Friday, May 8, 2009

Schafer's Wisconsin Domesday Book, Part 1

From 1920, until his death in 1941, Joseph Schafer was the Director of the State Historical Society of Wisconsin. He believed that detailed study of local data was required before historians could make generalizations.

A Domesday Book is a census which is compiled from a comprehensive survey of a geographic sector. Given Schafer's viewpoint, it is no surprise that he was the author of a series known as the Wisconsin Domesday Book. Here we are only concerned with Volume IV: The Winnebago-Horicon Basin: A Type Study in Western History, which was published in 1937. Two chapters are largely about the Stockbridge Mohicans.

Schafer might have been the first white historian to write about the Citizen vs. Indian conflict. He doesn't appear to have felt any pressure to write what we might call "politically correct" history, but he still put most of the blame for the "ruin" of the Stockbridge Indians on the federal government. Nevertheless, he also put a lot of blame on the Indians themselves.

Schafer's expertise was on economic and agricultural history, and he explored that aspect of the Stockbridge Mohicans of the 1800's like no historian has before or since.

A flaw in Schafer's view is that he used statistics from the 1850 census. That was a time when there was a lot of controversy over land ownership at Stockbridge, which kept some of the tribe from farming. Nevertheless, here's what Schafer had to say about the Stockbridge farmers:

In 1850, as the census reveals, very few of them were raising wheat, the regular market crop among white farmers. Their fields usually varied from four to forty acres; they grew some corn, some potatoes, other garden truck, and made maple sugar. Nearly all had a few head of cattle for the support of which they put up a little forage, usually a yoke of oxen, sometimes a horse, commonly a number of swine, which could 'rustle' their own feed in the woods. But it was the most primitive subsistence farming that they carried on.... The 1860 census, representing mostly white farmers recently settled in the township, shows a definite improvement in that virtually all raised crops of wheat and corn and put up quantities of hay for winter stock feed, while the business of sugar-making - favored by the abundant and fine maple groves, had been pushed farther.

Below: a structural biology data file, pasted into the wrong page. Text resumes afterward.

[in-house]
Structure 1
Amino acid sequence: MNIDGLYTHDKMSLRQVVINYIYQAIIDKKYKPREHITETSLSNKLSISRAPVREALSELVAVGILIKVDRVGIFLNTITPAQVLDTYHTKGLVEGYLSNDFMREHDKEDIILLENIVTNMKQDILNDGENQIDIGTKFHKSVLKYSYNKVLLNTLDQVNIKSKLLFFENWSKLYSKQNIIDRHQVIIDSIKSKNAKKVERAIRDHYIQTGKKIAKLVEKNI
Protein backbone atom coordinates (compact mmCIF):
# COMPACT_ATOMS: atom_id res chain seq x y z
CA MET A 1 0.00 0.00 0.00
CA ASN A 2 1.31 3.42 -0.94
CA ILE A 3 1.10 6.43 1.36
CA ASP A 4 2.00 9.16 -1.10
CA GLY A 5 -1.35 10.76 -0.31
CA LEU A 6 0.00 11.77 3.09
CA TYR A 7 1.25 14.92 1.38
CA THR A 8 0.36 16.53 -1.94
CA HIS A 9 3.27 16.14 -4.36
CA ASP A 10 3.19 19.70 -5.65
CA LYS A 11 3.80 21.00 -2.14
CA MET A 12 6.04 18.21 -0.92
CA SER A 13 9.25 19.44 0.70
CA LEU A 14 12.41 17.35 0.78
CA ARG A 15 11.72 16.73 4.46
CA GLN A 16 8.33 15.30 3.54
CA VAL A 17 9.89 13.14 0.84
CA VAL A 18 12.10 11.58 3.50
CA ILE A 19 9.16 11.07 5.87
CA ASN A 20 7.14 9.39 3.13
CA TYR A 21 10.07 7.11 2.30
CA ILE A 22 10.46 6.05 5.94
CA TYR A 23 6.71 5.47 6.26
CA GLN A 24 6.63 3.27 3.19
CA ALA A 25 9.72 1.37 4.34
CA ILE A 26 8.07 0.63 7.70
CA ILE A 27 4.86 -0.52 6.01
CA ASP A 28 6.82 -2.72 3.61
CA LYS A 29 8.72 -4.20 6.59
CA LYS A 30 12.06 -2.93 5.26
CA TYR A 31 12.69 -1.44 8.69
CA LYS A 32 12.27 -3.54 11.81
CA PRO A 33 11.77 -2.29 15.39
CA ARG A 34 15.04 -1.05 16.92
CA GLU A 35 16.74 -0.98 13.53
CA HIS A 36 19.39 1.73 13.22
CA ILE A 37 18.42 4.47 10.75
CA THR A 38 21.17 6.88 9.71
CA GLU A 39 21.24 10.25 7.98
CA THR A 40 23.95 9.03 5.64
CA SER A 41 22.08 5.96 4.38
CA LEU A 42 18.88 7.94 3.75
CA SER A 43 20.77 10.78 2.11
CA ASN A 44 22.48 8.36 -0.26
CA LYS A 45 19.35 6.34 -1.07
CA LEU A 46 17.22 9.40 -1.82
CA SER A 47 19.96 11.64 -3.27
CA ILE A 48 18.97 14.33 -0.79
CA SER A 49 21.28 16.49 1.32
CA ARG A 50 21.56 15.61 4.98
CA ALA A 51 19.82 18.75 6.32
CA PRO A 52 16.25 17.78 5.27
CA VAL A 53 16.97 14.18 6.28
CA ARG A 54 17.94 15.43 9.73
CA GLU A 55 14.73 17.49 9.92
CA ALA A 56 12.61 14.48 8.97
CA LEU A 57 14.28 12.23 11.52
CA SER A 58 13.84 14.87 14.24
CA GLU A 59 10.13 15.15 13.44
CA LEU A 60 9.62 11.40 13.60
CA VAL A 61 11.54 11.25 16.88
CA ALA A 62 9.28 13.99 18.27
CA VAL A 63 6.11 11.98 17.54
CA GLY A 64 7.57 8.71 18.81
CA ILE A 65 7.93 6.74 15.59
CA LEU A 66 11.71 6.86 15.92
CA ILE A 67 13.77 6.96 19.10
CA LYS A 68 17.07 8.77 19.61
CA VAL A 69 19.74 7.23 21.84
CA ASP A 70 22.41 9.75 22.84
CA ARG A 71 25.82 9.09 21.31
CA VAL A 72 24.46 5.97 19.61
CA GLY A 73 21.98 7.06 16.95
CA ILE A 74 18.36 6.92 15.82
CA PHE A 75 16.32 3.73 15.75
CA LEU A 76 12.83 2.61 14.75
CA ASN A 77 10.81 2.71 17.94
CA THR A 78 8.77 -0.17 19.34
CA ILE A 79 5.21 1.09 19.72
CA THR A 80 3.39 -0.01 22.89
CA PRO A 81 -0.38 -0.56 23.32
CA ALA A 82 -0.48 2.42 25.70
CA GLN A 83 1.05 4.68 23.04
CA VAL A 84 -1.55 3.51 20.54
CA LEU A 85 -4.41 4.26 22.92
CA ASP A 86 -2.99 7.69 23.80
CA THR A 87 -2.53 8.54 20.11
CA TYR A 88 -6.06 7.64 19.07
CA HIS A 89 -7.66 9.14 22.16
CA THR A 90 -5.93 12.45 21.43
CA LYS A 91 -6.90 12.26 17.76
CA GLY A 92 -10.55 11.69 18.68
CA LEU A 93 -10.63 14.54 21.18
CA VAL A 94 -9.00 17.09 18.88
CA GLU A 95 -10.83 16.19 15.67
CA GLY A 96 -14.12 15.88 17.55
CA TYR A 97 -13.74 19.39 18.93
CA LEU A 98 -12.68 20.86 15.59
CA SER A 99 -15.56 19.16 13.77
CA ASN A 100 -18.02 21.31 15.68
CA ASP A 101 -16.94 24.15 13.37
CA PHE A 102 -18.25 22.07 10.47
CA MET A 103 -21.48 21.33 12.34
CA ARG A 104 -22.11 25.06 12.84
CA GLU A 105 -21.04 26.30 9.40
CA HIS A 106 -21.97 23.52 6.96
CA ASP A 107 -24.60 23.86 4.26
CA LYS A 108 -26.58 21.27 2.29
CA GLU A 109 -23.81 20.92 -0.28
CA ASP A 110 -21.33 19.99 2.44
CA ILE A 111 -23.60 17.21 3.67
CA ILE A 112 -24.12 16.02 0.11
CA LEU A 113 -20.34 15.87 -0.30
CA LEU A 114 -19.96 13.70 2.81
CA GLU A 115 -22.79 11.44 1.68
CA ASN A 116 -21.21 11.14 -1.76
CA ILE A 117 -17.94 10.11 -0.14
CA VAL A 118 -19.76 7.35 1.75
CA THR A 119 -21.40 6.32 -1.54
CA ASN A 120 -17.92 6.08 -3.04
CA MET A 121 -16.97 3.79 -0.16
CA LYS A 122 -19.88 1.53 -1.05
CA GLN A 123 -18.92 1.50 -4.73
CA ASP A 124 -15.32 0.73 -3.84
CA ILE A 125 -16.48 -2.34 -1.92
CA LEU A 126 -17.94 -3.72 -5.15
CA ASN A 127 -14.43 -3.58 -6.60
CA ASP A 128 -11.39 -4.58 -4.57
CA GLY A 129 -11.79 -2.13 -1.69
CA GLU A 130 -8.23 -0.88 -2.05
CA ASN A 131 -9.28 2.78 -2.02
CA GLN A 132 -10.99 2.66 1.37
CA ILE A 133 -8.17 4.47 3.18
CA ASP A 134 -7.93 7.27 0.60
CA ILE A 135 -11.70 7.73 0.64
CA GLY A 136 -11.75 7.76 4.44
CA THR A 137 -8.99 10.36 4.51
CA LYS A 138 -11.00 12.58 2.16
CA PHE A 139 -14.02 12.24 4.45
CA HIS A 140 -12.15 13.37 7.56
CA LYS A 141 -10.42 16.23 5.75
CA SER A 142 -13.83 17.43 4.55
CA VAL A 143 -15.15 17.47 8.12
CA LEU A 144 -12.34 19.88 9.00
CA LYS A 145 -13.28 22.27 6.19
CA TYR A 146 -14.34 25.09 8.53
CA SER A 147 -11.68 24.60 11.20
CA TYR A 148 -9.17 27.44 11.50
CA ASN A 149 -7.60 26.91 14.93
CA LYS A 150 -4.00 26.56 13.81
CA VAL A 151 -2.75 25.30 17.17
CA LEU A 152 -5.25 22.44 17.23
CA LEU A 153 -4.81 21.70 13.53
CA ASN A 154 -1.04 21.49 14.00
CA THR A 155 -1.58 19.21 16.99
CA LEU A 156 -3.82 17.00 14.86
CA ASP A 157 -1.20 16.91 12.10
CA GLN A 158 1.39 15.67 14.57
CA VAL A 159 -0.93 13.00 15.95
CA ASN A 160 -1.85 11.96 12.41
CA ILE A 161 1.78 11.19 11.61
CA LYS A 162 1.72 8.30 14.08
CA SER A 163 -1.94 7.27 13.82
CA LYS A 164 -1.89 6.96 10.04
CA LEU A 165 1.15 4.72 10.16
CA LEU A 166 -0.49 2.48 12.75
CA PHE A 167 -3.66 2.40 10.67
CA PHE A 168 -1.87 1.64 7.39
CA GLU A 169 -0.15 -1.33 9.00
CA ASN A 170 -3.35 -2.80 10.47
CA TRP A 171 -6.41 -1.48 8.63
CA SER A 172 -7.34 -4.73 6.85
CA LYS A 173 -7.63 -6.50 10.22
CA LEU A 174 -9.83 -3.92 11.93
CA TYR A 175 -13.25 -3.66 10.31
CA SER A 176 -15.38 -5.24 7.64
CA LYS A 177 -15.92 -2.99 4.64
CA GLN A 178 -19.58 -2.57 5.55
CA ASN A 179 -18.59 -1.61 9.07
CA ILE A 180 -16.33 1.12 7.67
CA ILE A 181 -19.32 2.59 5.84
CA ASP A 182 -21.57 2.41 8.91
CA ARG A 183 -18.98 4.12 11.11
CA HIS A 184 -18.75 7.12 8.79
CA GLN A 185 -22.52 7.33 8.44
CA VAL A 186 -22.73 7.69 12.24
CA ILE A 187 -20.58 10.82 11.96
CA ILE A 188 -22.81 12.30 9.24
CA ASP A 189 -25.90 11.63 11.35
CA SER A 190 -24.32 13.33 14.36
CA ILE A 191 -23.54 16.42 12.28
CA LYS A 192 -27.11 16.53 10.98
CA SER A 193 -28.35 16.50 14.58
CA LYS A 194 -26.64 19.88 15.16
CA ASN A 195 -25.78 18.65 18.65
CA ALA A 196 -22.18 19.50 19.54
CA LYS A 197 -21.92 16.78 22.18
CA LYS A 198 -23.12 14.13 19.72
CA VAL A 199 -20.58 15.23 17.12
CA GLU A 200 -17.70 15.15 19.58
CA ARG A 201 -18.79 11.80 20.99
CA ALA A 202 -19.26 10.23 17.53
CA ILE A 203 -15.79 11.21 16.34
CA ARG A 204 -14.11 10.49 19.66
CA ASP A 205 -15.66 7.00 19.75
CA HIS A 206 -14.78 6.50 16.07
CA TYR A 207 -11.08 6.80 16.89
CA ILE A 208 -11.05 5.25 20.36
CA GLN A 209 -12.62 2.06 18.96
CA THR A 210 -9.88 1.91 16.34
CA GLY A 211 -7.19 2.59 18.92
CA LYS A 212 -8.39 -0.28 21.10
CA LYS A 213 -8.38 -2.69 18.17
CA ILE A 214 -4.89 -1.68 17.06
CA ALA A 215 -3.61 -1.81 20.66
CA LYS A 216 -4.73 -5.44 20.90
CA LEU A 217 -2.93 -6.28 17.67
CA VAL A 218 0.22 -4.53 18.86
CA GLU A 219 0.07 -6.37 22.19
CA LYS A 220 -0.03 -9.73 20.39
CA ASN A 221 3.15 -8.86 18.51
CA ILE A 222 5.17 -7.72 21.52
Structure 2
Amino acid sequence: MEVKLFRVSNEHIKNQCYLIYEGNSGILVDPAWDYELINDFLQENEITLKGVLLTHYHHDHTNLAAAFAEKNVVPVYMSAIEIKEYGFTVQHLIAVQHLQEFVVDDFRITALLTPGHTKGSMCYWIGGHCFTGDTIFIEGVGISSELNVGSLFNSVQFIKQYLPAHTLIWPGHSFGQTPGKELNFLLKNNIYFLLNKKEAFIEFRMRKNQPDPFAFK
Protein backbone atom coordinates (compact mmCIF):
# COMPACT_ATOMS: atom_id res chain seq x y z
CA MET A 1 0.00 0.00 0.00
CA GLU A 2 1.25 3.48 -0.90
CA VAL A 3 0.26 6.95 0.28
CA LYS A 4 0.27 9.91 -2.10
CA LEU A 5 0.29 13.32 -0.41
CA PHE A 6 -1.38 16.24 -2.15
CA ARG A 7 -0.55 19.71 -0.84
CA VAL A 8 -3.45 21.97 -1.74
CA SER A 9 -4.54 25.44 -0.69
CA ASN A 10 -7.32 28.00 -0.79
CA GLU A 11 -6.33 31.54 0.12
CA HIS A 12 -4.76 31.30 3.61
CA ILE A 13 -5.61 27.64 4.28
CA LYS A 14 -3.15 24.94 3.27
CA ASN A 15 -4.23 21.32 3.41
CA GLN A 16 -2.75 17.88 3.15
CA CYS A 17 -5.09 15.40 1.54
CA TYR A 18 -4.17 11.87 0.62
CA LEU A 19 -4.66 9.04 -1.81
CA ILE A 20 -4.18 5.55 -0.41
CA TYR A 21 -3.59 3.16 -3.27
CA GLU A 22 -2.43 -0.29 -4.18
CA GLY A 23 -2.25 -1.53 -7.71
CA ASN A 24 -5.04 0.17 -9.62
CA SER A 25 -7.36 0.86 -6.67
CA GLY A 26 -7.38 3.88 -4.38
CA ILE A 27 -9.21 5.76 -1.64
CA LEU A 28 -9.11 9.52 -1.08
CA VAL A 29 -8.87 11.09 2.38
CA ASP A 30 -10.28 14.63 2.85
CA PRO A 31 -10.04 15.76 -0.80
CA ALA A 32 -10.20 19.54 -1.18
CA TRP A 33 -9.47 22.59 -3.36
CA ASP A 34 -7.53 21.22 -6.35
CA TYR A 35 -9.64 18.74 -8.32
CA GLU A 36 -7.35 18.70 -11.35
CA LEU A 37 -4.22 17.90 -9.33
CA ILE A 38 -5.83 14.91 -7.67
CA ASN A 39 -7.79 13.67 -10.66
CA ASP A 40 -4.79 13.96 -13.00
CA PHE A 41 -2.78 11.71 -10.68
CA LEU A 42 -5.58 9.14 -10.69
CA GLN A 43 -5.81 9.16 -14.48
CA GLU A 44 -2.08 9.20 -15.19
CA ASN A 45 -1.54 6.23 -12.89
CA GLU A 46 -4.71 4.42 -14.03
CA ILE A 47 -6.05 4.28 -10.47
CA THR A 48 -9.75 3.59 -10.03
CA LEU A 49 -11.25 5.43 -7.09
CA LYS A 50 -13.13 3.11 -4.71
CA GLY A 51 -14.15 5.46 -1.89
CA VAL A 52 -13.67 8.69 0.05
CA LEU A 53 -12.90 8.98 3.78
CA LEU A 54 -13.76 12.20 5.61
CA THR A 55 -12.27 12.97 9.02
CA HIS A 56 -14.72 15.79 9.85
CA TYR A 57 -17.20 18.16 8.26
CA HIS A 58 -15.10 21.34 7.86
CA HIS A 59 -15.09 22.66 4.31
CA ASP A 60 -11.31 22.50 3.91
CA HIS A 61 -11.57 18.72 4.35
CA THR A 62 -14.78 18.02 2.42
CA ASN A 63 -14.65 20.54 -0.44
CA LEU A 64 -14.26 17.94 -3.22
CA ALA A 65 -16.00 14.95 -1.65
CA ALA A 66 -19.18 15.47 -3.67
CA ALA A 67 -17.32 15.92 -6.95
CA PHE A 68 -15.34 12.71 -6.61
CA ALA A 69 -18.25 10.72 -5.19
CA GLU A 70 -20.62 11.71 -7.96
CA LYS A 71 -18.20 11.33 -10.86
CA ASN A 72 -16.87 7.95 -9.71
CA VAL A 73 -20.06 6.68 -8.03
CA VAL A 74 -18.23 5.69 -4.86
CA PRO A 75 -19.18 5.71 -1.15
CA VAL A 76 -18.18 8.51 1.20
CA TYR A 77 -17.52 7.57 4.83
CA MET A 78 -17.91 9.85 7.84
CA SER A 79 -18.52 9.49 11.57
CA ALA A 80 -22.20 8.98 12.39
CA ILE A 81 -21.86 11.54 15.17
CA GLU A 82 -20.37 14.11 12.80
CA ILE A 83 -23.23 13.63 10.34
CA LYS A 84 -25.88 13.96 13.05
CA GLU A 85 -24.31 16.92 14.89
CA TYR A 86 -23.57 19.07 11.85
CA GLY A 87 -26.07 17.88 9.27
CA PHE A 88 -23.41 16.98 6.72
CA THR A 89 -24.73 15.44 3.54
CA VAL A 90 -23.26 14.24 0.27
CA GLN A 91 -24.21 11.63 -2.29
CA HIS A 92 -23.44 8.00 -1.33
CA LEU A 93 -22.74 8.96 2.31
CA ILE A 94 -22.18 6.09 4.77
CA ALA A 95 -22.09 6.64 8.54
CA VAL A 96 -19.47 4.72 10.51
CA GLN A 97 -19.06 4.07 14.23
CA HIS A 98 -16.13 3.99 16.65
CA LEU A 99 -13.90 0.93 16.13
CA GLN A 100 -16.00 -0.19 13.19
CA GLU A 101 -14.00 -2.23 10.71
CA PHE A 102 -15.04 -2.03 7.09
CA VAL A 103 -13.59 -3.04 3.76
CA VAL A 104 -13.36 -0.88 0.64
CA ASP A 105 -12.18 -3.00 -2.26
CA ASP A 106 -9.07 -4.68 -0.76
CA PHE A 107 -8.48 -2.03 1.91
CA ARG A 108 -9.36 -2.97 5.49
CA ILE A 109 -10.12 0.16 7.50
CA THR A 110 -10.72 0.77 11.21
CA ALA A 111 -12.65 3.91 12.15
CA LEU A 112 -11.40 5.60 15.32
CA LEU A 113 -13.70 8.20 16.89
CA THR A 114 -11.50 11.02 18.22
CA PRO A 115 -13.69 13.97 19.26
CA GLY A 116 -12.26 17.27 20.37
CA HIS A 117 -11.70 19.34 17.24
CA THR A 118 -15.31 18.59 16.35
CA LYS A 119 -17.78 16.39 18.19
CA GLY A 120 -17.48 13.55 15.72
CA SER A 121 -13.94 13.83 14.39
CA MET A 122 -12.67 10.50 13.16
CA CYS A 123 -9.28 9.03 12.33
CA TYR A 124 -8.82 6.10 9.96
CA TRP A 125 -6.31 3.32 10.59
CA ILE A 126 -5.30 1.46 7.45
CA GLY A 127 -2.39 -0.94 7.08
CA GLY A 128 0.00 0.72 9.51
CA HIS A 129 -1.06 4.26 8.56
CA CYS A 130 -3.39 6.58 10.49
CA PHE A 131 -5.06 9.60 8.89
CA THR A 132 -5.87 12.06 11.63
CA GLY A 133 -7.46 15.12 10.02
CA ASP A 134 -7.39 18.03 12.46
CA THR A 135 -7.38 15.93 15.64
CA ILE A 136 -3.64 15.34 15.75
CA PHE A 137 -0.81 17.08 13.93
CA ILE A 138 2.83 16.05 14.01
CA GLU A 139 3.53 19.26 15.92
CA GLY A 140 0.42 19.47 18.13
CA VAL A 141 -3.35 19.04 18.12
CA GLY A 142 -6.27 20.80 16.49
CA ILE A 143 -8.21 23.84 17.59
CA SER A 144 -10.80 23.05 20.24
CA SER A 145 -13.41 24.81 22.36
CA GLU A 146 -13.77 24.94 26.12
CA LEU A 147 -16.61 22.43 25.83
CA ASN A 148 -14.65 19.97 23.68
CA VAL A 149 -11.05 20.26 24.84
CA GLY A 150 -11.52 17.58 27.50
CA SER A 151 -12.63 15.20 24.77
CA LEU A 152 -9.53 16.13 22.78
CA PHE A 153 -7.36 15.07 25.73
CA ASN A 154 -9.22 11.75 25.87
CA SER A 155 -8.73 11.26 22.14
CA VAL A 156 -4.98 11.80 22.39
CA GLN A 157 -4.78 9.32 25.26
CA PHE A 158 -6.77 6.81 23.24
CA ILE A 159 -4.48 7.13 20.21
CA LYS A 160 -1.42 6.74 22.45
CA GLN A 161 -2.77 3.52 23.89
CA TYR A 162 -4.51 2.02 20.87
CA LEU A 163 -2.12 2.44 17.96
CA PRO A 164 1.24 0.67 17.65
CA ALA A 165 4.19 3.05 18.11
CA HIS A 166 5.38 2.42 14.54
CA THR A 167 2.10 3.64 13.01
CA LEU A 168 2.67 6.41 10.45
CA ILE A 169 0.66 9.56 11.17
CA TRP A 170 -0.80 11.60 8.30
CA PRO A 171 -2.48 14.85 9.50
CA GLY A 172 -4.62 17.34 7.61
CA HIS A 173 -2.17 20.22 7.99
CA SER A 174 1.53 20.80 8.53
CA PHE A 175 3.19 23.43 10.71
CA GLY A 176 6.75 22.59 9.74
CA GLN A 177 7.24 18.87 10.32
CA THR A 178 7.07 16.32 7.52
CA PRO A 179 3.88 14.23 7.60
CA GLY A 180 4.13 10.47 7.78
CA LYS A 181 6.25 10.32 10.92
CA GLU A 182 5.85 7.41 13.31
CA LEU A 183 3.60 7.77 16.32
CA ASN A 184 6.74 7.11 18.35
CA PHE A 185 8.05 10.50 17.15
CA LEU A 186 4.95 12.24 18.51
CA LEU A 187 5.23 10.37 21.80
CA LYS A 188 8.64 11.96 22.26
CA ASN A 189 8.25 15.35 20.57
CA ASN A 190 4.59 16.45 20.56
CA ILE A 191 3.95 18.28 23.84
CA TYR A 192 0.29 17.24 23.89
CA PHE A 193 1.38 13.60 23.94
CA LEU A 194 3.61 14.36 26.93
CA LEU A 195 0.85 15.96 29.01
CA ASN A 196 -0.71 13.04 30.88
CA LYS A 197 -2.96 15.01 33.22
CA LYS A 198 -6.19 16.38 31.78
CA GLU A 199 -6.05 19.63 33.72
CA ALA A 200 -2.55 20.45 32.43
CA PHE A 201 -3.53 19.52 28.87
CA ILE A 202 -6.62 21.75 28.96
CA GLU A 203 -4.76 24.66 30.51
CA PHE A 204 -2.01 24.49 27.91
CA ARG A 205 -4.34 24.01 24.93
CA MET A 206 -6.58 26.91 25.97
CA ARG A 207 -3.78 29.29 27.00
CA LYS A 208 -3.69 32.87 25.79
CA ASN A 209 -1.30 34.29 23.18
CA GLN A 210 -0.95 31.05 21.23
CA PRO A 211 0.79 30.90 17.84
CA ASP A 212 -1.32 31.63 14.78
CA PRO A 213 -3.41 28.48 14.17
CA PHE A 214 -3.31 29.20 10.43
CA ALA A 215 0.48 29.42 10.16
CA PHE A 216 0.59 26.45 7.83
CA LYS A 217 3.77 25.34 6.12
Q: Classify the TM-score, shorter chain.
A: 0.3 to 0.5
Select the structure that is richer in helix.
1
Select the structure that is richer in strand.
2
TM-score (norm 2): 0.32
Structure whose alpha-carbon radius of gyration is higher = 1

It is surprising that the people who invented maple sugar would be beat in its production by those who came after them, but that is what Schafer is saying.

What do we make of Schafer's analysis of the 1850 census data?

Instead of ridiculing Schafer for being politically incorrect, I think the data says something very important if we put it in a different context. Instead of comparing the tribe's rather low output to that of the whites that came after them, we can compare it to how they were doing back in New York State. As early as 1796, it was reported that two-thirds of the Stockbridge males were "industrious" and some even sold hogs to the Oneidas (source: Belknap and Morse). So when Schafer says they were "primitive subsistence" farmers in 1850, it appears they had taken a step backward.

Stay tuned for more on this topic

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